Epiphany in the Atrium is a rich time. While some children continue to think about the lessons of Advent and Christmas, others review the Altar materials and also Gestures used in Holy Eucharist. We begin to hear some of the parables Jesus taught: the Mustard Seed, the Precious Pearl, the Yeast. And we return to the parable that gives the Catechesis its name: the Parable of the Good Shepherd.
Each day this week my mind has returned to the observations about the Good Shepherd shared by one of our 3 year olds. She and I began this lesson with help from one of our oldest children, a real advantage of having mixed ages together. All of us considered again the Good Shepherd who knows His sheep by name; the sheep that follow His voice; and the verse, “I have other sheep not in this flock here; I must bring them also.” (John 10:16)
My job as catechist is to present the Scripture and make room for the Holy Spirit to work. As we gathered the sheep back into the sheepfold, I heard myself saying aloud,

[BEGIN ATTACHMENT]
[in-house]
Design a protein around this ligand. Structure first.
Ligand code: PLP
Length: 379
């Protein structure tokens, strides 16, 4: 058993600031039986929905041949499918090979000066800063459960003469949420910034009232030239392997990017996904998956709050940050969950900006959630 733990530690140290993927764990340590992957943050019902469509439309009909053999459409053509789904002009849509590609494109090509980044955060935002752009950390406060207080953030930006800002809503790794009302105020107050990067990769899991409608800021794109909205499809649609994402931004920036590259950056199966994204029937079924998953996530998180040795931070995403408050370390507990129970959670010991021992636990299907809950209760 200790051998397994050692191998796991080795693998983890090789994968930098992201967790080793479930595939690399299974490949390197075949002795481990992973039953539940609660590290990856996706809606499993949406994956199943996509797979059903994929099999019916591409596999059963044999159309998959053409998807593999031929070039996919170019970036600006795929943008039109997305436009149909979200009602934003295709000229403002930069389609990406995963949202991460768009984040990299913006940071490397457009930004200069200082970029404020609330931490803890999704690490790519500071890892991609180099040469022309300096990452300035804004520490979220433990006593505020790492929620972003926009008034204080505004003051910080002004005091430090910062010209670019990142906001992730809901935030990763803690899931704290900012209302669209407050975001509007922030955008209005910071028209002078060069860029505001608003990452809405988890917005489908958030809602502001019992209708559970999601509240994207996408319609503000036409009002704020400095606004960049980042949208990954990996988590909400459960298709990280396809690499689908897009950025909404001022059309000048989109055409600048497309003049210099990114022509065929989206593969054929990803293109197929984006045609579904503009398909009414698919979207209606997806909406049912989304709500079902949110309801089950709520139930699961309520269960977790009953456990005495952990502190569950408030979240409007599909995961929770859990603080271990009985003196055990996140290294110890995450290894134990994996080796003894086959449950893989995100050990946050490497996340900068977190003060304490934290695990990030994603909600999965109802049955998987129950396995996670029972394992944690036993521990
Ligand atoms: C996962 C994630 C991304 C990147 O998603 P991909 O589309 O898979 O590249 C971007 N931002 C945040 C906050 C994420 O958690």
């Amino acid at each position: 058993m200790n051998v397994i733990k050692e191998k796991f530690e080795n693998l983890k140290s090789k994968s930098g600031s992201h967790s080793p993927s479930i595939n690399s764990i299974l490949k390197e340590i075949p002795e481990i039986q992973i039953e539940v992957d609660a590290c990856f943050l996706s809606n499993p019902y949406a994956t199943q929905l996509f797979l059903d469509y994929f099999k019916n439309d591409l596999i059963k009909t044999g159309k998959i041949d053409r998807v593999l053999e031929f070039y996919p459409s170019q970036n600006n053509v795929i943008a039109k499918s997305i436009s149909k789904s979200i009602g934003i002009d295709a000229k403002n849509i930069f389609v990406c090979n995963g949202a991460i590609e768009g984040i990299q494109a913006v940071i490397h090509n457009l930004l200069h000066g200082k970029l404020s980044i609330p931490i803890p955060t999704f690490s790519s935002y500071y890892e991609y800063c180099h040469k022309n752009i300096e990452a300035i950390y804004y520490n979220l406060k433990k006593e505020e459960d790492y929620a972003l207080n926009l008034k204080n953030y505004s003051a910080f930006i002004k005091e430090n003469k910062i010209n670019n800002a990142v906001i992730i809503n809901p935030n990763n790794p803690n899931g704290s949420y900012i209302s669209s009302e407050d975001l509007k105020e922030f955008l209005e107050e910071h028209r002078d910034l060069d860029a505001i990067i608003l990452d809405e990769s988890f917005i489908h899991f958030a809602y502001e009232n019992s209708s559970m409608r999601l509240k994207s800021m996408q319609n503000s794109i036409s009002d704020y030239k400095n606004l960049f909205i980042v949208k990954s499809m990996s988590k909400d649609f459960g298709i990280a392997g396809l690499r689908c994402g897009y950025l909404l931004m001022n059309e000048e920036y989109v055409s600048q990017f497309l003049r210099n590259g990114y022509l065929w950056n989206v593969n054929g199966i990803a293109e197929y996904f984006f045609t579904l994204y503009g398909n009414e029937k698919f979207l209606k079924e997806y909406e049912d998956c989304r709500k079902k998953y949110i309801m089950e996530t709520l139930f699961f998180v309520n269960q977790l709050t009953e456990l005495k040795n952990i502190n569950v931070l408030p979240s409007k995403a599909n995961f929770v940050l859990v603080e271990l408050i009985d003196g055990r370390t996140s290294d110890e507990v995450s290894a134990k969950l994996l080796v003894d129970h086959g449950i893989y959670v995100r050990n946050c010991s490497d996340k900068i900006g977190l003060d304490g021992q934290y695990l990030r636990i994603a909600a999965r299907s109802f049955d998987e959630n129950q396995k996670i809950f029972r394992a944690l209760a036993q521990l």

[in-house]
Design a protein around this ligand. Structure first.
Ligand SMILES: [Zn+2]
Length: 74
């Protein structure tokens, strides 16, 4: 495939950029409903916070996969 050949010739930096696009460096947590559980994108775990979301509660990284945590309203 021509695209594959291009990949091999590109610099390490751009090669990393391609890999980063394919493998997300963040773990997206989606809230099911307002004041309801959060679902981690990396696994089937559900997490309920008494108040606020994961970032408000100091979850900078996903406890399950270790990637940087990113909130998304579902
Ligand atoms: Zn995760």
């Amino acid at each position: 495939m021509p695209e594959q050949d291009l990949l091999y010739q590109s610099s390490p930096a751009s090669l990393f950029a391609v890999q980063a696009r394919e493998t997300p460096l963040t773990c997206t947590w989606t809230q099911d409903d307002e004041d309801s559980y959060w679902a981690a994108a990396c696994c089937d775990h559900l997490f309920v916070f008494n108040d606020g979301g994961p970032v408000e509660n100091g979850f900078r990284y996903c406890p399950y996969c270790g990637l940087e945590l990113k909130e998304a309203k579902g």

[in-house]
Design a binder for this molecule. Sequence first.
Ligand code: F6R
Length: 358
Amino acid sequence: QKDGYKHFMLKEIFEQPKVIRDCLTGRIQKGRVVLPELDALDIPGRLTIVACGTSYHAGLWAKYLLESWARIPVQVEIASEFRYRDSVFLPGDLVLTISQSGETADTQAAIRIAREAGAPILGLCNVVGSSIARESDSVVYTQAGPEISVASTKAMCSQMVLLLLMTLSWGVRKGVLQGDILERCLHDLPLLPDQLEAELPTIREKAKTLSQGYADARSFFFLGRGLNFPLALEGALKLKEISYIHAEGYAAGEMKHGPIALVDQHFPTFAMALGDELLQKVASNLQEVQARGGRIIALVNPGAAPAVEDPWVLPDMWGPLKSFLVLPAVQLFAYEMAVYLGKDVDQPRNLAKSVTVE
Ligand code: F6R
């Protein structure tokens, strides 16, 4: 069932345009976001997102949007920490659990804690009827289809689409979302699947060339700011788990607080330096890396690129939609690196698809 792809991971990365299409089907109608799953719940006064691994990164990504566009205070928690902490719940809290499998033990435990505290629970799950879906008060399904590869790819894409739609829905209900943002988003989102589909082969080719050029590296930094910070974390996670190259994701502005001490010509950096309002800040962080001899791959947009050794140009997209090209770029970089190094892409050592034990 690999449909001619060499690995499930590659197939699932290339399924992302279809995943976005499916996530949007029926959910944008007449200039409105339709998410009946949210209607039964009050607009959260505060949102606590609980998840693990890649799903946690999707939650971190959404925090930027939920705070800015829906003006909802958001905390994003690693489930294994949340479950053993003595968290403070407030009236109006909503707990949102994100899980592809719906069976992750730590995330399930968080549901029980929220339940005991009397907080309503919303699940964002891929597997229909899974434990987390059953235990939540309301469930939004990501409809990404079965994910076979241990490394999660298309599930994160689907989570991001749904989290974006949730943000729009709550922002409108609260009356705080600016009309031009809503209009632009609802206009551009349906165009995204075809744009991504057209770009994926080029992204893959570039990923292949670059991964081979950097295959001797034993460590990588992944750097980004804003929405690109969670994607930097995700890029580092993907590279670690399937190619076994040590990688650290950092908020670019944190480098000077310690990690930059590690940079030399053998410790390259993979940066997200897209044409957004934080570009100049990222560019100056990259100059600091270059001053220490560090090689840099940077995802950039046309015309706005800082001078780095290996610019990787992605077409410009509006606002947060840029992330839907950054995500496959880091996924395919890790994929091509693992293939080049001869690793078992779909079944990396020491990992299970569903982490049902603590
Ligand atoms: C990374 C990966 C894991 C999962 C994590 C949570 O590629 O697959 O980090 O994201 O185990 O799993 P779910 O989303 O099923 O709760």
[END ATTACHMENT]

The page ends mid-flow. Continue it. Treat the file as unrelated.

“I wonder how the sheep feel to be with the Good Shepherd in the sheepfold.”
A small voice said, “They feel good.”
I continued, “How does the Good Shepherd feel being so close to His sheep?”
The answer, “He feels happy.”
So complete was this picture of Shepherd and Sheep that any other words seemed superfluous. Later I continued the extensions of the Good Shepherd lesson with older children. In these we consider how the Shepherd calls His Sheep each week to the very particular place of Eucharist; as we did so, the simple words spoken earlier echoed in my mind. And as it turned out, this smallest child was quite an eavesdropper, too , for it was she who declared something to the others as she sat nearby, overhearing their lesson and me asking them if anything looked familiar.
When she saw the sheep gathered around the Altar, she said,
“They have Bread.”
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